Lara: We met in 2004 when I joined the crew of Jason’s J24 for the King’s Day PHRF Regatta. I was introduced by Brad (pictured below, left) as a potential addition to the Dixie Chicken‘s regular racing crew. Brad and I worked together, and we were dating at the time, but that’s another story for another day. Suffice it to say, we remain great friends, and I am ever grateful for Brad, because without his friendship over the years, I never would be standing where I will be on February 8. Thank you Brad.
Anyway, one soaking wet but victorious regatta later, my rookie 22-year-old self was dubbed “Star Power” and welcomed into the fold. Brad, Steve, Jason and I, often accompanied by our on-and-off teammate Robby, spent the next five years racing together. Dixie Chicken evolved into Rush, and while lots of aspects of our lives changed over the years, the “Rush crew” was always the constant.
The Rush team was like a family. We had our dysfunctional moments, but we had one another’s backs. At the end of the day, the one constant in our sailing family was our bond. Our love of sailing, competing and striving to win together, and the good times and camaraderie we shared as a part of that, fashioned a unique loyalty and trust among the crew.
People who claim to be experts on the subject of marriage often underscore the importance of a genuine friendship between two people before a marriage begins — the kind that carries on after the “I dos.” Looking back now, I believe I first came to know Jason as a friend, not just some guy I knew, while we were working on the Florida Yacht Club dock after a Wednesday night race. As we were putting the committee boat away, I told him was wrestling with some concerns about my future in Jacksonville. Jason stopped his work and offered his full attention. After listening, he shared some of his own relatable experiences. At the end of the conversation I went away with some perspective, and a friend. I gave myself a good shake and relaxed into a life in Jacksonville where I grew roots and a friendship that altered my life as time unfolded.
I recognized in Jason a lot of the same values I have, both personally and professionally. I respect Jason for his honesty, for his quiet leadership and his creativity in addressing problems, the scores of patience he possesses (though I have seen him run out a time or two!) I’m not sure what he saw in me, but whatever it was, a strong friendship grew from there. Now I can say I love him for the excitement, spontaneity, and balance he brings into my life. He challenges me to take risks, has an unbelievably optimistic outlook, and is one of the most kind, loyal and reliable friends, and partners, a person could have.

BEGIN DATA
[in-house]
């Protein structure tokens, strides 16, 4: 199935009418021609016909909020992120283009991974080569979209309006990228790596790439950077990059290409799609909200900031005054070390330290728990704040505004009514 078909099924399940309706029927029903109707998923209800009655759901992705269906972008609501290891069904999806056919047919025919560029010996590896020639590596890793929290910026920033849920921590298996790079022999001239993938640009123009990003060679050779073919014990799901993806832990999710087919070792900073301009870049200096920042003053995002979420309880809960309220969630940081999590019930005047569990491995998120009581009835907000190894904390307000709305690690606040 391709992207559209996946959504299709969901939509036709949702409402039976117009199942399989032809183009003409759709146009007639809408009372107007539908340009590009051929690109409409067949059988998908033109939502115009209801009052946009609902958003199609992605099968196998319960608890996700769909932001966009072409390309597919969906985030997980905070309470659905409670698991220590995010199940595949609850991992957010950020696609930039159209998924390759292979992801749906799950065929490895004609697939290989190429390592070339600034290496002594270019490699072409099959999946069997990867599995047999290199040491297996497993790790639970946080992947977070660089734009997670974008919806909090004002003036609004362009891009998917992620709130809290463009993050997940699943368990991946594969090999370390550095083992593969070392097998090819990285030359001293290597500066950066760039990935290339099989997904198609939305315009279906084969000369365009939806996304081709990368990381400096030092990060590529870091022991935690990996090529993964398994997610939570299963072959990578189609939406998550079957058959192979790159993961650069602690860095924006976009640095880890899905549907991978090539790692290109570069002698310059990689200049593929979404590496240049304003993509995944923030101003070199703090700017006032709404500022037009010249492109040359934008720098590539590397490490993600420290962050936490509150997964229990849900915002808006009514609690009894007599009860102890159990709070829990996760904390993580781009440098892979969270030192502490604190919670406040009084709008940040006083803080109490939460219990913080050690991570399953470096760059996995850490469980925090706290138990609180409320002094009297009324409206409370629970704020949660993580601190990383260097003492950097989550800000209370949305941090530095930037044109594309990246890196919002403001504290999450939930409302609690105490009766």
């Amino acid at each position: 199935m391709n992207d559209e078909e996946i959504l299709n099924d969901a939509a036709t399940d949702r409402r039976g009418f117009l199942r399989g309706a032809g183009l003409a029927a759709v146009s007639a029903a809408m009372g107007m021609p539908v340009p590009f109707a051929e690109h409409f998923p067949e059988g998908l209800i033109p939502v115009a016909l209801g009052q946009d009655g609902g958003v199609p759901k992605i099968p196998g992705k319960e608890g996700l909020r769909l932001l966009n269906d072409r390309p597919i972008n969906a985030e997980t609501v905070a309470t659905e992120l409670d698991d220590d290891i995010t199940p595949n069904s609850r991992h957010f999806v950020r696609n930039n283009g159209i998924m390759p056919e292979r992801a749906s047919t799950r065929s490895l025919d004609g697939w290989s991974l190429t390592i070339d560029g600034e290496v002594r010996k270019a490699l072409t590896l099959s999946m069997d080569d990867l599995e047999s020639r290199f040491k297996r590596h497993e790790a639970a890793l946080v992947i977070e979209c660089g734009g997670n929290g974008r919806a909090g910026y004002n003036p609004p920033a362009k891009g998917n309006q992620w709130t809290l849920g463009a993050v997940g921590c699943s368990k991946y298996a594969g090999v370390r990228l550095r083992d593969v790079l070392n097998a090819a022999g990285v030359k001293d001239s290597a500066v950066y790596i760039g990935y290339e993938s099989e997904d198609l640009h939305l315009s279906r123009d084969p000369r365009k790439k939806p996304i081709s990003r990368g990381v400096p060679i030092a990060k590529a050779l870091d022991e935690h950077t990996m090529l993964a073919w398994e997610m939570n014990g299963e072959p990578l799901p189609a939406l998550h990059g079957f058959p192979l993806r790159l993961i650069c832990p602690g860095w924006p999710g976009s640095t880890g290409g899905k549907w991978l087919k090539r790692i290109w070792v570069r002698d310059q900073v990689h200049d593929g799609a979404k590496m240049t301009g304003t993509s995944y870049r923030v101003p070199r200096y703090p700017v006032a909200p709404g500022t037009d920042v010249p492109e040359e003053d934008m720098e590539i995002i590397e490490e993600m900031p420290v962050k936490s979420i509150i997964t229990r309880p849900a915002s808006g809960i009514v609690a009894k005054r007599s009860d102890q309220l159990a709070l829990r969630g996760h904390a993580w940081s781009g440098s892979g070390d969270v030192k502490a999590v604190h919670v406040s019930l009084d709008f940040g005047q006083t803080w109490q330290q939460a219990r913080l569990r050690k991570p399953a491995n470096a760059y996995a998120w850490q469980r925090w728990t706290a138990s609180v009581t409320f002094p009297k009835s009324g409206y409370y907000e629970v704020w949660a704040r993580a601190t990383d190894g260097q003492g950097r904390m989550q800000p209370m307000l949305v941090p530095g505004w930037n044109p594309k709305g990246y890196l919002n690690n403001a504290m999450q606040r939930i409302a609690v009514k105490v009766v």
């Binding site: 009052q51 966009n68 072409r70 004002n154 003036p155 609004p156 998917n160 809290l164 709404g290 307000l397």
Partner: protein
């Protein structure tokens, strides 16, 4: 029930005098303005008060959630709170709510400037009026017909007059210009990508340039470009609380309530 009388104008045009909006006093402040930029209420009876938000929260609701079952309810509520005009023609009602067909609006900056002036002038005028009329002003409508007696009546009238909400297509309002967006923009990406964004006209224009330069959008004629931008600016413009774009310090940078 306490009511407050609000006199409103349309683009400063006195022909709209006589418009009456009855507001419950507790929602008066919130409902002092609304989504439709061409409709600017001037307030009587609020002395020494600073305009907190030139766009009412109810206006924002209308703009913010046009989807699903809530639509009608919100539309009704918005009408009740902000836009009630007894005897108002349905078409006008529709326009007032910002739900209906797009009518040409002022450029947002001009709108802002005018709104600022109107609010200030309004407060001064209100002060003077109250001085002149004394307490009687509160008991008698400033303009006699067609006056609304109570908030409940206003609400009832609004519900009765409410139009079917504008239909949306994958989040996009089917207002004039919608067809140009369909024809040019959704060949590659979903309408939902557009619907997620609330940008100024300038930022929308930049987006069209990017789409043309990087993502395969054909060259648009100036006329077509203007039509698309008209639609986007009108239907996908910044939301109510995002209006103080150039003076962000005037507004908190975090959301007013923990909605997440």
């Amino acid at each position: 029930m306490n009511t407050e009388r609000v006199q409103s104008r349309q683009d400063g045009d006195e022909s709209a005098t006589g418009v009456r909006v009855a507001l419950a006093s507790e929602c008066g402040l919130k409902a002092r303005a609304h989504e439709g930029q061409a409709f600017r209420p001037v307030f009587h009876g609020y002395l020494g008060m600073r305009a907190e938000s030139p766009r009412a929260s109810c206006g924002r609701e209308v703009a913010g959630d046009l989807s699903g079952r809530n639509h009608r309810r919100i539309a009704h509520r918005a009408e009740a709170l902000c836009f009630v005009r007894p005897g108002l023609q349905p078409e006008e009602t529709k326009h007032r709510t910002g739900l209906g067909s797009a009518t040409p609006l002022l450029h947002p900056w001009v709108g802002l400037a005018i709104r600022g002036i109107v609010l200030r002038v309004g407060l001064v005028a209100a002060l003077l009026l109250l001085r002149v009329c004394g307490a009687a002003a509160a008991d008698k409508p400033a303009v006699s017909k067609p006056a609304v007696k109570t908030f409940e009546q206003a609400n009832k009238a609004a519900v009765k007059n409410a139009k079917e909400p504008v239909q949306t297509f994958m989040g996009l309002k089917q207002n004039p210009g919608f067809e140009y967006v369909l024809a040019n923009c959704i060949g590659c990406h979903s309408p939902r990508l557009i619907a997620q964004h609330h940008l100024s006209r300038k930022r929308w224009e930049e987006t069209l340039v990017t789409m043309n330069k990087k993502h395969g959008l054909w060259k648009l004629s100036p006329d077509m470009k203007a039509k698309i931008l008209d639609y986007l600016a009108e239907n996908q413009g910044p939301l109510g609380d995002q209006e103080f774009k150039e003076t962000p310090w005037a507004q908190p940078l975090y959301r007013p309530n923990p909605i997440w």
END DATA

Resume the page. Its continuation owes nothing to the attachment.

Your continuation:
The getting together for Jason and I had its fits and starts, but life has a way of turning out how it wants to regardless of how much any of us tries to mold it to our expectations.
In late 2009, after timing succeeded at pulling us apart for what we both believed was the final time, I knew the best thing for me was a reset. I decided to leave Jacksonville behind to chase a dream I’d had for a decade, and have some adventures that would clear my mind. I didn’t see Jason for months, but I couldn’t shake him from my heart or head. I worked on accepting we were star-crossed and got on with my dream chasing.
I researched TransPac regattas as a way of getting into some physical challenges before making my way to New Zealand for a year’s working holiday, and quickly realized they were way harder core than anything I was looking for. After that, I turned to round-the world sailing rallies, and I eventually found one that was going exactly my way: The Pacific Puddle Jump. I eventually located a boat with a captain that was looking for crew, and I set my sights on Chaguaramas, Trinidad, to start my great adventure west. Life was looking bright and full of possibilities, and I was feeling excited to strike out and chase a new adventure. I had one final regatta at the Florida Yacht Club just before Thanksgiving, then the holidays, and in January I’d be off to the Sunny Caribbee for the voyage of a lifetime.
Then, I saw Jason at King’s Day Regatta. He had a beard, and was looking really buff. Apparently he was somewhere between his “mountain man” and “Crossfit every day” phases, which I now understand to be the “Jason” version of my own “I need an adventure” phase.
Not wanting to rehash past chapters, we tried to avoid one another all weekend long, but the pull was too great. There was no denying we remained head over heels in love with one another, no matter what “timing” had to say about it. A week later he appeared at my house, making a very persuasive appeal that we hit the “reset” button together, clear the slate, and make it work. I wasn’t sure if I was crazy for considering it, or would be crazy for not giving us one last chance, but I am so thankful we risked it, because it turns out this time was the charm.
We spent the holidays together with friends and family, then Jason and I flew to Trinidad on $89 air tickets, which was such an incredible steal, it had to have been fate. The rest is history, thoroughly detailed on our blog, Sail into the Sun, or for the abridged version, check Jason’s story of our engagement. It was probably the best year of our lives, and no doubt changed the course of our futures.